Compare hot water systems from Rinnai, AquaMax, Rheem, Bosch and Dux. Systems are reviewed on their effectiveness, reliability, quietness, ease of use, after sales service/warranty, value for money & overall customer satisfaction in 2017.
See our Ratings Methodology.
Finding the best hot water system for your home is no easy task. You first need to understand what different types of hot water systems are available, get to grips with their ongoing running costs, and find a product that best meets your needs and budget. To help you on the road to a reliable and cost-effective hot water system, Canstar Blue has produced this guide. In it we review the different types of systems available in Australia, compare ongoing running costs, and find out which brands are rated highest on factors such as effectiveness, reliability, value for money and overall customer satisfaction.
To produce our customer satisfaction ratings for 2017, we’ve surveyed hundreds of households right across Australia, finding out what type of system they use, how much they paid for it, and how they rate their brand of choice across several key variables. Five leading brands have featured in the final results, but only Rinnai scored a five-star review on overall customer satisfaction in 2017. In fact, Rinnai achieved five stars across all research categories. It was four stars overall for AquaMax and Rheem, while Bosch and Dux both rated three stars.
Now we know which brands are rated highest, let’s go into detail about the types of hot water systems available in Australia, what they are likely to cost you upfront, and how much they are likely to add to your ongoing energy bills. We’ll then provide an overview of the five brands that have been reviewed to help you make a decision on which will be best for your circumstances.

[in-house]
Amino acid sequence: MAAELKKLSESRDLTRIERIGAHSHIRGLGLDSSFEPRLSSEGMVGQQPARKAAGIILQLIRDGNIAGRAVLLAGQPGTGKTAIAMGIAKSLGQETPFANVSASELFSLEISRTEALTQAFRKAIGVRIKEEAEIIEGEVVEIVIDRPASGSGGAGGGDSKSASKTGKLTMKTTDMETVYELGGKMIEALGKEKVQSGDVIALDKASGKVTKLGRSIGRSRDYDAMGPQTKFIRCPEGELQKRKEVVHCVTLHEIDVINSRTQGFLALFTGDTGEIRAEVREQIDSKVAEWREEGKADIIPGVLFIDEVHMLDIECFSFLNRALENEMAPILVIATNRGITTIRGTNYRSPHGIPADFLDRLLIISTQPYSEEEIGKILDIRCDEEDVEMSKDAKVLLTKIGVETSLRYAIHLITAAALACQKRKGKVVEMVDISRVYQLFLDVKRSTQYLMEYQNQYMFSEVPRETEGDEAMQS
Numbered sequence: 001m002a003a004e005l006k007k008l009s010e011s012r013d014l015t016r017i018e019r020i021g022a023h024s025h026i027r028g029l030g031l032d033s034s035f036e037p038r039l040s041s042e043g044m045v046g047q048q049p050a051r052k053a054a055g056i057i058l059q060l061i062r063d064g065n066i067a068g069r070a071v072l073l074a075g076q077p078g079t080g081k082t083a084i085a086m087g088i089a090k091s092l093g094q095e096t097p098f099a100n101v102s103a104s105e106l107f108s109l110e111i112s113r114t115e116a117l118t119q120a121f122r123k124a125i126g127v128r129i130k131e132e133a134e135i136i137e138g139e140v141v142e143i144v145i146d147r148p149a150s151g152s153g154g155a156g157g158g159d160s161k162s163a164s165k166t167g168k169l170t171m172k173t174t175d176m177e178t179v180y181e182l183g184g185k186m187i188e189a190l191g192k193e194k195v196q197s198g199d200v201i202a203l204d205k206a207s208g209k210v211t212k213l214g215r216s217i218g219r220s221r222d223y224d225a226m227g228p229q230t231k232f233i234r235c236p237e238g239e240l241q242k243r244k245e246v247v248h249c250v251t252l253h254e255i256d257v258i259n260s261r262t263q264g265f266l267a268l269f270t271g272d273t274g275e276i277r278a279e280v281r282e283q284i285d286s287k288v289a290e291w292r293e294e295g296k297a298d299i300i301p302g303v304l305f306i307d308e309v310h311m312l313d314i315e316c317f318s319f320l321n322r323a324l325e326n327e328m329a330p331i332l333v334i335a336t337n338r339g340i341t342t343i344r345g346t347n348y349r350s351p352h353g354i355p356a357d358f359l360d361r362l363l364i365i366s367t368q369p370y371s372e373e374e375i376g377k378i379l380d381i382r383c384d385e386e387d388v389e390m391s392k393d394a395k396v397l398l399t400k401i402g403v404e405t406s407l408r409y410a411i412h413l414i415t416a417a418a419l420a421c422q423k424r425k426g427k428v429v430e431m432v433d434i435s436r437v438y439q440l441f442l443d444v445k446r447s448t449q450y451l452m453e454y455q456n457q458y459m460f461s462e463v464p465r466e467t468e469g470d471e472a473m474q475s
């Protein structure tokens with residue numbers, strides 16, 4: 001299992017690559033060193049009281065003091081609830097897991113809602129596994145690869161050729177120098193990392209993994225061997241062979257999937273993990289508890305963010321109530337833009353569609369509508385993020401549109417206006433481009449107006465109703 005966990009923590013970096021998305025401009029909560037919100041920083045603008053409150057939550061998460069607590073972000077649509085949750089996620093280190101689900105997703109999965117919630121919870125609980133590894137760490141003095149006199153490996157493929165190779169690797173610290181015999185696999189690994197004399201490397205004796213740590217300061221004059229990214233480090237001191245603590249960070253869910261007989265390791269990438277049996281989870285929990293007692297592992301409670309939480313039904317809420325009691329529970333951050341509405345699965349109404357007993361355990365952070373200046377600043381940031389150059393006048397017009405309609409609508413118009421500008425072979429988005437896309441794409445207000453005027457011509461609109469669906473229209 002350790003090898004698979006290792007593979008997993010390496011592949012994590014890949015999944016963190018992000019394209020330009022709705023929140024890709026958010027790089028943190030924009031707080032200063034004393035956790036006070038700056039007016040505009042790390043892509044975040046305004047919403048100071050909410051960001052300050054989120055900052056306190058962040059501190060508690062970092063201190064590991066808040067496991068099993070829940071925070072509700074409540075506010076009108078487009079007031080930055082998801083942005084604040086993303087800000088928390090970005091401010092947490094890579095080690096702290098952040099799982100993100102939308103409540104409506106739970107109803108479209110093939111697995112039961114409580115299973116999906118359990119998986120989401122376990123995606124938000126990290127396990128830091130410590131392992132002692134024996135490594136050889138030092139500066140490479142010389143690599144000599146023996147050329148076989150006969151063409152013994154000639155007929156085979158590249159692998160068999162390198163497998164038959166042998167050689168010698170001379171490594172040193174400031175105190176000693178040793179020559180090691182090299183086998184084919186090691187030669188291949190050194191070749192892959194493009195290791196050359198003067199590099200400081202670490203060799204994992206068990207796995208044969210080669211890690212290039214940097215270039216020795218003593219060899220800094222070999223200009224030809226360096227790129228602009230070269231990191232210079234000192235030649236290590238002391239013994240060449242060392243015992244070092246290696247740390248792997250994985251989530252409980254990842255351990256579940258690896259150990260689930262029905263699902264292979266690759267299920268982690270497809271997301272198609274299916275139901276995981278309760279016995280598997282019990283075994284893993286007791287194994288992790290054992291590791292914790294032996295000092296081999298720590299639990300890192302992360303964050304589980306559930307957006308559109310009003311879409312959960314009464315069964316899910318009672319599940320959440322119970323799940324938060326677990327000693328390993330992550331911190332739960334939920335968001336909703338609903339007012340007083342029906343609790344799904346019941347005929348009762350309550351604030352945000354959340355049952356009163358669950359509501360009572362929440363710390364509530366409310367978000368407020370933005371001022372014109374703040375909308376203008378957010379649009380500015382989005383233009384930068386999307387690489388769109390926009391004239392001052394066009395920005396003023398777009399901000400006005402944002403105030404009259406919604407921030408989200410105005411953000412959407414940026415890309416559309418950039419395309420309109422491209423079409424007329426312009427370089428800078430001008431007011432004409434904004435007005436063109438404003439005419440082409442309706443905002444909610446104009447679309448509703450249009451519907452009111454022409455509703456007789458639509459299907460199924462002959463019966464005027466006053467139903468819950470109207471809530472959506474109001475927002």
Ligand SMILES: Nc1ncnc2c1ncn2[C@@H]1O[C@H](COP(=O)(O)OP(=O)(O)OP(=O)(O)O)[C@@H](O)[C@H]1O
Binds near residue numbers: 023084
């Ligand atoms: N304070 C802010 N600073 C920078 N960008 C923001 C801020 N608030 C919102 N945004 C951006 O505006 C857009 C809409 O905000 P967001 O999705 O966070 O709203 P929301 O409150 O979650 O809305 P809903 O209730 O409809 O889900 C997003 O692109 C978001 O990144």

The humble hot water system might seem like an unlikely culprit for large energy bills, but did you know that the cost of heating water can make up 30% of an average Australian household’s total electricity bill? Your hot water system could be costing you big time – depending on the type you have – so we’ve compared electric, gas, solar and heat pump hot water systems to help you find the best and most cost-effective water heating solution for your home.
Hot water systems come in two designs – ‘storage’ and ‘continuous flow’ (also known as instantaneous). A storage hot water system heats and maintains warm water in a tank until it is ready to use. This provides instant hot water, but is limited by storage capacity. Continuous hot water systems – on the other hand – rapidly heat up an unlimited amount of water when you need it. While it does take a few moments to heat up, an instantaneous system won’t waste energy by keeping water warm when no one is using it.
Electric storage hot water systems heat water using an electric-powered element which sits at the base of the water tank. Continuous systems work in a similar way, but instead the element is coiled around the pipes to rapidly heat the water inside.
Electric hot water systems have quite low up-front costs and are a reliable way to keep your water warm. Some electric hot water systems can also be programed to do the majority of its heating during off-peak periods to help minimise your energy bill.
Electrical hot water systems are almost always the most expensive long-term hot water solution. They also have high greenhouse gas emissions and are generally discouraged.
Storage systems use a gas burner to continuously heat and maintain water in a tank at 60°C. Continuous flow systems also use a burner which ignites only when the water is needed.
Gas hot water systems produce less greenhouse gas emissions than electric water systems. Additionally, depending on your location, gas systems are usually considered to have lower usage rates compared to electricity, making them the most cost-effective option long term.
Gas hot water systems are only really viable if you’re connected to mains gas, as using LPG bottles is more expensive and creates the risk of running out of hot water. Gas hot water systems must be located outside, or have an exhaust vent if they are located inside.